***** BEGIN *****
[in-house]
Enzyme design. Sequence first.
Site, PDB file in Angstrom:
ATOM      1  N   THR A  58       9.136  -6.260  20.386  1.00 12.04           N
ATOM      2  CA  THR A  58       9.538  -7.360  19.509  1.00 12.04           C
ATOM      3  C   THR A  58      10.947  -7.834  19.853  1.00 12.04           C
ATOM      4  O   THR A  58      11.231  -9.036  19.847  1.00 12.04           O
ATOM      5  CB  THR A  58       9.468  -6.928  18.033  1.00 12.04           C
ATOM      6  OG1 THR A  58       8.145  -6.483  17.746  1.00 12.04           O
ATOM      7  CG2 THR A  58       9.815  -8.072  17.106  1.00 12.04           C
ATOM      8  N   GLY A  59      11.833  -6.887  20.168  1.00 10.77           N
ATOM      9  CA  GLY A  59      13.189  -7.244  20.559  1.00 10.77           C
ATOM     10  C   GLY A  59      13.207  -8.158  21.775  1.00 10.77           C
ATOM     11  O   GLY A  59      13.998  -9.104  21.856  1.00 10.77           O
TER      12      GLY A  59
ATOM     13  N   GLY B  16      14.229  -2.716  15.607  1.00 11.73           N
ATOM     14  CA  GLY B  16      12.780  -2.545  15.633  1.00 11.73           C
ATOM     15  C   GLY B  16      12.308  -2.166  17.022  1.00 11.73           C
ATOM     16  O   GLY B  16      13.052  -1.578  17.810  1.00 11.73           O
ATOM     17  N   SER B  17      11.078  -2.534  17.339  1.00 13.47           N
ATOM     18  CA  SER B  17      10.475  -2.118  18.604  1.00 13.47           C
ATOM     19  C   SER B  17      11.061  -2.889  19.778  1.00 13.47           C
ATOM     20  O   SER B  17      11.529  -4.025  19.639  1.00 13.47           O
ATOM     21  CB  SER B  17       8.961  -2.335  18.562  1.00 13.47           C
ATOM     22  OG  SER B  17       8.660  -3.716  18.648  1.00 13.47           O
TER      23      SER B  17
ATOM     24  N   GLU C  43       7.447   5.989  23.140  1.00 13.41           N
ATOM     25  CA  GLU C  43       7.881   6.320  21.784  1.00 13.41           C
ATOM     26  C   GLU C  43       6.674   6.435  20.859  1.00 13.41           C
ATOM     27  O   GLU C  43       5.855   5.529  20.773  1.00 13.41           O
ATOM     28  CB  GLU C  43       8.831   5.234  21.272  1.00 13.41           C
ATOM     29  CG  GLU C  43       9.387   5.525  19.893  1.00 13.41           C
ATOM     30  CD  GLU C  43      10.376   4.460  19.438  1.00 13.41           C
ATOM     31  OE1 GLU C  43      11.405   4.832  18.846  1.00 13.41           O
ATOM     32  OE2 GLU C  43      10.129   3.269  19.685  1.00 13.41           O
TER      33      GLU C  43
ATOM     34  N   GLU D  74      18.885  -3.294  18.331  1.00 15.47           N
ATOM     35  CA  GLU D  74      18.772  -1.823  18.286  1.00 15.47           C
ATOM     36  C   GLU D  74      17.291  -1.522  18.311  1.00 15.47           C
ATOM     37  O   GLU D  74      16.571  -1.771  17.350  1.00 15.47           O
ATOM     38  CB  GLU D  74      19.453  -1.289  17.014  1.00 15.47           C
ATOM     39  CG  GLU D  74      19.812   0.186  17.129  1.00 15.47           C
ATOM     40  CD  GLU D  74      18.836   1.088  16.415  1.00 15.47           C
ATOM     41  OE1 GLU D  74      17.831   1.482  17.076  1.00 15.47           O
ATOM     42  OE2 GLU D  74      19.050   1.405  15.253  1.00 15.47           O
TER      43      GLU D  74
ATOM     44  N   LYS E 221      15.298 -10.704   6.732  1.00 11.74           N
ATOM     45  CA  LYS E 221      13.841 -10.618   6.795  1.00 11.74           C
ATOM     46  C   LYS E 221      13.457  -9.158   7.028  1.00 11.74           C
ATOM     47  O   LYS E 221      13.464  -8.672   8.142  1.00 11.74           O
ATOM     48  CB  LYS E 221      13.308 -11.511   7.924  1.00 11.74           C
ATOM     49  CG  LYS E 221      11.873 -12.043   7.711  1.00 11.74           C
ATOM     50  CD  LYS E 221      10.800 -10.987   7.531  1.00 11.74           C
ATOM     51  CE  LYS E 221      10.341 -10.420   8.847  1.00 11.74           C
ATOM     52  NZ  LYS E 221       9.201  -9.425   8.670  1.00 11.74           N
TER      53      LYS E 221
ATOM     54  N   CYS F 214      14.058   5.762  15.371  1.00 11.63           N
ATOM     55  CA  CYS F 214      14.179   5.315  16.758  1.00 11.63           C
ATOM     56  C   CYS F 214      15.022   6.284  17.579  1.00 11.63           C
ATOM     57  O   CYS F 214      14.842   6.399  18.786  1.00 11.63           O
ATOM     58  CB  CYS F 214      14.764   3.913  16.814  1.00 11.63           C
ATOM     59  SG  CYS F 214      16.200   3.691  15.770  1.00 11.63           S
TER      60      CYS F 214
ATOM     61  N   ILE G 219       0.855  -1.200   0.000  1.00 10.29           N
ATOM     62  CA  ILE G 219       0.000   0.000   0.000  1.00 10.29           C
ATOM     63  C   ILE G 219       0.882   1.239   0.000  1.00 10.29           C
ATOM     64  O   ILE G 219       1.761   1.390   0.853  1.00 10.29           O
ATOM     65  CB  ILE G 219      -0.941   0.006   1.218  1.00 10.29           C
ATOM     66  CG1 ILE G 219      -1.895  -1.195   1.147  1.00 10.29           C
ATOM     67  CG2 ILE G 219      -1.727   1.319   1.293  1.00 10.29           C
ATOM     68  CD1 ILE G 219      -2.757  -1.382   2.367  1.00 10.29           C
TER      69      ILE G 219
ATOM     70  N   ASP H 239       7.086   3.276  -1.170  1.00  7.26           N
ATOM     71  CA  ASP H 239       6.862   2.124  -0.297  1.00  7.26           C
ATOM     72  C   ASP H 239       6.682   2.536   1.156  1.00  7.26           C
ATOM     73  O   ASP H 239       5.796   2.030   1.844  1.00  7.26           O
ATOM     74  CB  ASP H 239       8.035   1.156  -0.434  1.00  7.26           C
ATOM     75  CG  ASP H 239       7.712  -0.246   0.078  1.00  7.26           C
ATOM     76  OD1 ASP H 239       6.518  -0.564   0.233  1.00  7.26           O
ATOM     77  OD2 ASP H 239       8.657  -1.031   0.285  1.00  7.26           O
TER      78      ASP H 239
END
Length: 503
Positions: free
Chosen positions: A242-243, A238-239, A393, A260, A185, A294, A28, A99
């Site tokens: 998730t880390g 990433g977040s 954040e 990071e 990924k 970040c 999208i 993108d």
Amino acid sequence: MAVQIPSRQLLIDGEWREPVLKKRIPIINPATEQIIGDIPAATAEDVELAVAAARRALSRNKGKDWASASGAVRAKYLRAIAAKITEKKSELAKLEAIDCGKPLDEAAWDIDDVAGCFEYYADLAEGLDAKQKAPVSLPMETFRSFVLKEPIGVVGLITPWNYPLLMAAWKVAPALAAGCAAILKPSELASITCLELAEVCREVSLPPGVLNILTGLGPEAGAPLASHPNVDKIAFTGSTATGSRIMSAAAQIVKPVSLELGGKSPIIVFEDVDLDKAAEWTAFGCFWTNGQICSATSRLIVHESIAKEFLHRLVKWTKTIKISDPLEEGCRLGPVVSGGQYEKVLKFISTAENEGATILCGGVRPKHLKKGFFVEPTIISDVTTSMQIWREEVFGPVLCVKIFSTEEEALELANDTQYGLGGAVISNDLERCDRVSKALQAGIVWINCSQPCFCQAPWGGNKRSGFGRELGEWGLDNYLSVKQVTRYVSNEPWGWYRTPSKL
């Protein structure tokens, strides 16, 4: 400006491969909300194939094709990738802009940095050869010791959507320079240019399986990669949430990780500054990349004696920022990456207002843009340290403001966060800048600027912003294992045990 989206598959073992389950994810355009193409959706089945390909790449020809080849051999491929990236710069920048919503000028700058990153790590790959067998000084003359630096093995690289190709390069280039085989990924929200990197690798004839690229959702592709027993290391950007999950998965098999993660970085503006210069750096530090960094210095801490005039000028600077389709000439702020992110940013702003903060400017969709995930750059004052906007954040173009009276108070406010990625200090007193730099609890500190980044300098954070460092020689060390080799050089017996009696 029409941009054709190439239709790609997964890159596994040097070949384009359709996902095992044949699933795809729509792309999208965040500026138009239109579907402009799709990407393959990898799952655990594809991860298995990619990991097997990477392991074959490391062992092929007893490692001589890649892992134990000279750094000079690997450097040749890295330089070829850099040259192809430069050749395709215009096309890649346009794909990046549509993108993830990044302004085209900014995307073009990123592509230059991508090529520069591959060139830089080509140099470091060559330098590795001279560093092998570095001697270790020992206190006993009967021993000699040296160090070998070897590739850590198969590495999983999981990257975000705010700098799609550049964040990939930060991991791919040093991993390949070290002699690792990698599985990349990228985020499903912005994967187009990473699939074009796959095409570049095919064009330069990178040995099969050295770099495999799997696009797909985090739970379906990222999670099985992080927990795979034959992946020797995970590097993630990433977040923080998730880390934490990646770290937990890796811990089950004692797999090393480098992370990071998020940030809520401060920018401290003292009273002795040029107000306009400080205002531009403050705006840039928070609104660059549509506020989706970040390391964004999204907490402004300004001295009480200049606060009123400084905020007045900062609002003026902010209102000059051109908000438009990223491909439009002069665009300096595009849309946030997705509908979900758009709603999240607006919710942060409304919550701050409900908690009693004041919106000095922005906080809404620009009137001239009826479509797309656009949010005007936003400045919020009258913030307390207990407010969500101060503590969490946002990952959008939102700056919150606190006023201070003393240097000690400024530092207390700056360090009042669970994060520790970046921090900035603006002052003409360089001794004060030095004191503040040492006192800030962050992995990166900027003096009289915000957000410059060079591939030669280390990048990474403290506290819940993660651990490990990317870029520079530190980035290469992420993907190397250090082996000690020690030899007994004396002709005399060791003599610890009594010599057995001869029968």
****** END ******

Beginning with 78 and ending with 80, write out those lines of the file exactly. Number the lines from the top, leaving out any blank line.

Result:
ATOM     75  CG  ASP H 239       7.712  -0.246   0.078  1.00  7.26           C
ATOM     76  OD1 ASP H 239       6.518  -0.564   0.233  1.00  7.26           O
ATOM     77  OD2 ASP H 239       8.657  -1.031   0.285  1.00  7.26           O